Parish Council did not interview ROV candidates; meeting fails to go into executive session


By Juanice Gray,

The announcement for the Parish Council meeting slated for Jan. 3 at 5 p.m. was published numerous times in the parish’s official journal, The Natchitoches Times, as an executive session meeting.

The text follows: “Special called meetings for the Natchitoches Parish Council will be Jan. 3 and Jan. 7 at 5. p.m. The meetings will be executive sessions to interview Registrar of Voters applicants.”

The statement originated from Parish President Rick Nowlin’s office. Executive session means the meeting is not open to the public, therefore the Times did not attend. The Times learned there was apparently an open meeting as well and contacted Nowlin Friday morning. Nowlin stated he had someone in his office and would return our call in 15 minutes. He did. Nowlin stated there was discussion about the process of going into the executive session to discuss interviews.

Nowlin said, “There seemed to be a lot of questions about going into executive session and quite frankly, they got into an argument. They didn’t get the votes to go into executive session.”

The Times asked Nowlin if he knew there was going to be a discussion before going into executive session. “Well, I knew it was a possibility. It starts in open session. Mr. (Russell) Rachal told me earlier he had some questions about the process of interviewing the selected candidates and I assumed there would be a few questions and then we’d go into executive session.” He said he did have a prepared statement he wanted to read before the council went into executive session and would provide the Times with a copy, but it was not available press time.

The Times stated we did not attend because the meeting was supposed to be executive session only. Nowlin asked if we were told not to attend.

The Times attempted to contact council members and reached Russell Rachal. He said he would prefer an in person meeting to discuss the events.

The Times asked if the vote came up to go into executive session. He said, “It did. Three to two to go into it and … I had to show the newly appointed Assistant District Attorney who was sworn in yesterday morning that the open meeting law had to have two-thirds, which would be 3.3 of 5, to go into executive session and he agreed with me. It was voted down after some fight. The open meeting law states you have to go into a regular or special called meeting then vote by two-thirds to go into executive session. You cannot open and end in executive session.”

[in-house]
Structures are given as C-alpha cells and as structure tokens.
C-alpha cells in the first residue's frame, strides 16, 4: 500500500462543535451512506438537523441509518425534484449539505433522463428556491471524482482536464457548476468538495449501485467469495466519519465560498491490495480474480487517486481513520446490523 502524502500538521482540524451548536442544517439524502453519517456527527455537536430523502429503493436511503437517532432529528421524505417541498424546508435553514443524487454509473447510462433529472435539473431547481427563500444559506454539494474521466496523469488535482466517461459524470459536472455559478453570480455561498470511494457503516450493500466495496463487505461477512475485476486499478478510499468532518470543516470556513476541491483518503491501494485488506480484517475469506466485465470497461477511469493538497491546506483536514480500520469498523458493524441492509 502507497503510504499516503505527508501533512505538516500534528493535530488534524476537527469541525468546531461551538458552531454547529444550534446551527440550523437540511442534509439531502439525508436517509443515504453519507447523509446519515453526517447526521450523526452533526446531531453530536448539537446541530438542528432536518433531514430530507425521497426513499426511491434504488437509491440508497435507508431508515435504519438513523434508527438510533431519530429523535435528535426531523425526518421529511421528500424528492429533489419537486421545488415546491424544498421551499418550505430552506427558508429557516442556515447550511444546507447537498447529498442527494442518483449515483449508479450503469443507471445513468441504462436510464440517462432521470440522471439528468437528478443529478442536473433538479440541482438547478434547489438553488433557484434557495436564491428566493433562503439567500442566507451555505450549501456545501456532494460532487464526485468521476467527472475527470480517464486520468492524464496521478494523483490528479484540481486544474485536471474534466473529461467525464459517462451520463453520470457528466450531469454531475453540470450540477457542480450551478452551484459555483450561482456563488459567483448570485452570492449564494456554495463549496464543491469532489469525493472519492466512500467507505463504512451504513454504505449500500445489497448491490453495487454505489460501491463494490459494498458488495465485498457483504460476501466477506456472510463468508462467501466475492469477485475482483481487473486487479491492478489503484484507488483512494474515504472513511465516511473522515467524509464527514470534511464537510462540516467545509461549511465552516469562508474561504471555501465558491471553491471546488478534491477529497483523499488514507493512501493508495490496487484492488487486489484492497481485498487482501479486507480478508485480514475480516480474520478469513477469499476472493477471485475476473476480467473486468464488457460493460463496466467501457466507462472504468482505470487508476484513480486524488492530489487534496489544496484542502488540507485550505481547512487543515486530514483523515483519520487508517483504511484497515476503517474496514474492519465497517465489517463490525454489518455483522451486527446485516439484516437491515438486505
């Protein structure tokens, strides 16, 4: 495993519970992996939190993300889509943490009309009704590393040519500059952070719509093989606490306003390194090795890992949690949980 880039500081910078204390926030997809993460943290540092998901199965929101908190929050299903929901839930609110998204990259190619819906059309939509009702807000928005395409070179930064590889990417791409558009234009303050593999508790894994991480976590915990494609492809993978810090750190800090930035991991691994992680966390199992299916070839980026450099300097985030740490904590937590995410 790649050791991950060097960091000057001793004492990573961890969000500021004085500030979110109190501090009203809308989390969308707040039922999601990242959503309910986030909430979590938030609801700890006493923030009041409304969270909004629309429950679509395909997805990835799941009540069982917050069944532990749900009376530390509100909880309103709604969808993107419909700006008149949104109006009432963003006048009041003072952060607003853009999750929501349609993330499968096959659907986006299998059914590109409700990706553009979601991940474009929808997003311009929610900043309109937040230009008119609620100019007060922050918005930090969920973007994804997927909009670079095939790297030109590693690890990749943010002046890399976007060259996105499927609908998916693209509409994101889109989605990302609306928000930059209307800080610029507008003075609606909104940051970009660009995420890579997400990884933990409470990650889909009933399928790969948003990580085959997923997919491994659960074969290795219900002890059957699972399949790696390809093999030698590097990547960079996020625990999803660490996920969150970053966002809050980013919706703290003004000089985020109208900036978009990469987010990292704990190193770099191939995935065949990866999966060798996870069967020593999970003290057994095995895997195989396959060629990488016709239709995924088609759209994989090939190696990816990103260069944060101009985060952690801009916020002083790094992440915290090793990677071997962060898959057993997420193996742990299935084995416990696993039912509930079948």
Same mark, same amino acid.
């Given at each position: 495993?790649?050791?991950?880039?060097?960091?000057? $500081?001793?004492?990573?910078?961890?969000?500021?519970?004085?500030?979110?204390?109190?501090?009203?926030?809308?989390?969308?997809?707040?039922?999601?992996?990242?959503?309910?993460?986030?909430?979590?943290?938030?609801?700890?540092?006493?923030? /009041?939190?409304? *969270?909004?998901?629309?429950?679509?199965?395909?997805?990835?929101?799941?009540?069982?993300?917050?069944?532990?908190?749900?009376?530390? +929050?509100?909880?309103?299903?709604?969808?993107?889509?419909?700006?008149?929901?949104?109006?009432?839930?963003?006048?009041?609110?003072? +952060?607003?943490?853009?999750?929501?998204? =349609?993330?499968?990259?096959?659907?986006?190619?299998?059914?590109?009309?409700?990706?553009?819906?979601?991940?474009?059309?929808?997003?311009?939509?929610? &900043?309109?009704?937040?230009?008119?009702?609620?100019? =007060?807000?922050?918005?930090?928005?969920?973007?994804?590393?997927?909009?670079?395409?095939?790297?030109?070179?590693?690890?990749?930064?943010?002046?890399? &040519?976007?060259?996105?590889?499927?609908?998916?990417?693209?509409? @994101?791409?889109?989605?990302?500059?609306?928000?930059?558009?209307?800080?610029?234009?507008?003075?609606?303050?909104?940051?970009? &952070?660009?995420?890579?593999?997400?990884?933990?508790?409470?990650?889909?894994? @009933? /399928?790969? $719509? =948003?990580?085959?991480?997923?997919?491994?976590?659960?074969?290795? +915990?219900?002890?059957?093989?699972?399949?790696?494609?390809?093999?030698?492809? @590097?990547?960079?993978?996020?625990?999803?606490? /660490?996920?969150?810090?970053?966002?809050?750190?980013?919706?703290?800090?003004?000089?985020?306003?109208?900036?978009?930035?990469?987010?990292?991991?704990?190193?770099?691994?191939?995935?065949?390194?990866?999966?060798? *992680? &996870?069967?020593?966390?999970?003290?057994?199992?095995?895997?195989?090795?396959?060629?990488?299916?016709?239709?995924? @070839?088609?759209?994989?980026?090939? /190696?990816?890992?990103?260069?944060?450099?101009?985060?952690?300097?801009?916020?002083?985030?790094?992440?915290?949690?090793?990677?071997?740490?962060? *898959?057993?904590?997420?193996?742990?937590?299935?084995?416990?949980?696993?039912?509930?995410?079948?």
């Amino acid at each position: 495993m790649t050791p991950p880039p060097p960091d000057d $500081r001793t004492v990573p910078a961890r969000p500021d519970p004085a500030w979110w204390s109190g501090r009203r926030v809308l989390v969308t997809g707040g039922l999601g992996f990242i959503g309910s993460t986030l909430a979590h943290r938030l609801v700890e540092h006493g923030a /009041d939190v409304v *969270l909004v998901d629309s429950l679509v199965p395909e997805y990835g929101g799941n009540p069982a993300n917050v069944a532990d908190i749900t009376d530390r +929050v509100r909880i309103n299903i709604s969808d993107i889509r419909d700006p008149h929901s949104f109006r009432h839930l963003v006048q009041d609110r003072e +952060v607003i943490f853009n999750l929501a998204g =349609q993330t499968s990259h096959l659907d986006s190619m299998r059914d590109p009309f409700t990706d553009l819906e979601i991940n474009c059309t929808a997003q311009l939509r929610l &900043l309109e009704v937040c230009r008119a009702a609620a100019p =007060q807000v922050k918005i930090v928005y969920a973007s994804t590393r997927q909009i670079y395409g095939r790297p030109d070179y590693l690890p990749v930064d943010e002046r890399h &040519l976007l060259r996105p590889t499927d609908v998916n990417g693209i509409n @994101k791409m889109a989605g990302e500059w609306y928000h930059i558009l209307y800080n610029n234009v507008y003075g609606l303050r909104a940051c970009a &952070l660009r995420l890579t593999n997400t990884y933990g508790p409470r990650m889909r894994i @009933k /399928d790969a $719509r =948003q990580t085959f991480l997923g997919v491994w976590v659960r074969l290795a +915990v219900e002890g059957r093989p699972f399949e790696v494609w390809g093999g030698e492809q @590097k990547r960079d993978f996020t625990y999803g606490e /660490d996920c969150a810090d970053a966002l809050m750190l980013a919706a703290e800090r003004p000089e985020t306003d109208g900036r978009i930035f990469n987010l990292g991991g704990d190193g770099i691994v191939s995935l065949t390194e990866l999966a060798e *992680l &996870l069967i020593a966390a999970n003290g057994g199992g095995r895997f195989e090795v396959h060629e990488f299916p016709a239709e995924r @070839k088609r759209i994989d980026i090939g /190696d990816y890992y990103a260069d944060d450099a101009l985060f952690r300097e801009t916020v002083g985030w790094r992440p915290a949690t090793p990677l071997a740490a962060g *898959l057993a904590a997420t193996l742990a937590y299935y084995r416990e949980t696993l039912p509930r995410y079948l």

The Times also spoke with temporary Registrar of Voters Debbie Tebbets. She stated she went for her interview at 5:45 p.m. as scheduled. “I felt very discouraged when I went for my follow-up interview only to find out all the interviews were cancelled.”


Nowlin provided his statement shortly after the print edition went to press. It is included below.



January 3, 2019

The Parish Council has issued calls for two special meetings to be held on January 3, and January 7, 2019, for the purpose of interviewing applicants for the position of parish registrar of voters. Please accept this briefing as a statement of my continued problem with the apparent procedure the Parish Council has decided to follow in the appointment process.

The primary reasons for my concern about the Council process include, but are not limited to, the following:

1.         As I stated at the Council meeting on December 17th, the elimination of any role by the Parish President in the appointment process results in the President not being able to perform his lawful role under the home rule charter form of government.

2.         The appointment of a ROV by a resolution rather than an ordinance violates the home rule charter provisions that all operating budget expenditures must be approved by ordinances duly enacted by the Parish.  The appointment of a ROV by a resolution includes the commitment of financial resources from future Parish budgets without the proper authorization provided by an ordinance.

3.         The language in one section of the constitution that defines the parish governing authority as the legislative body of the parish does not consider the recent creation of home rule charter governments wherein an elected president is a part of the local governing authority.  That language must be taken in context of the entire constitution, state laws and the authority granted to home rule charter governments.

4.         At the meeting on December 17th, I offered to work with the Parish Council to reach a mutually-agreeable resolution to the conflict regarding the process by which the new registrar of voters would be appointed.  The announced Council process does not appear to be aimed at reaching an amicable resolution of the conflict.

While we have respect for the staff of the District Attorney office and appreciate the work of the office on behalf of the Parish, we respectfully hold a different opinion in this matter as outlined above.

Rick Nowlin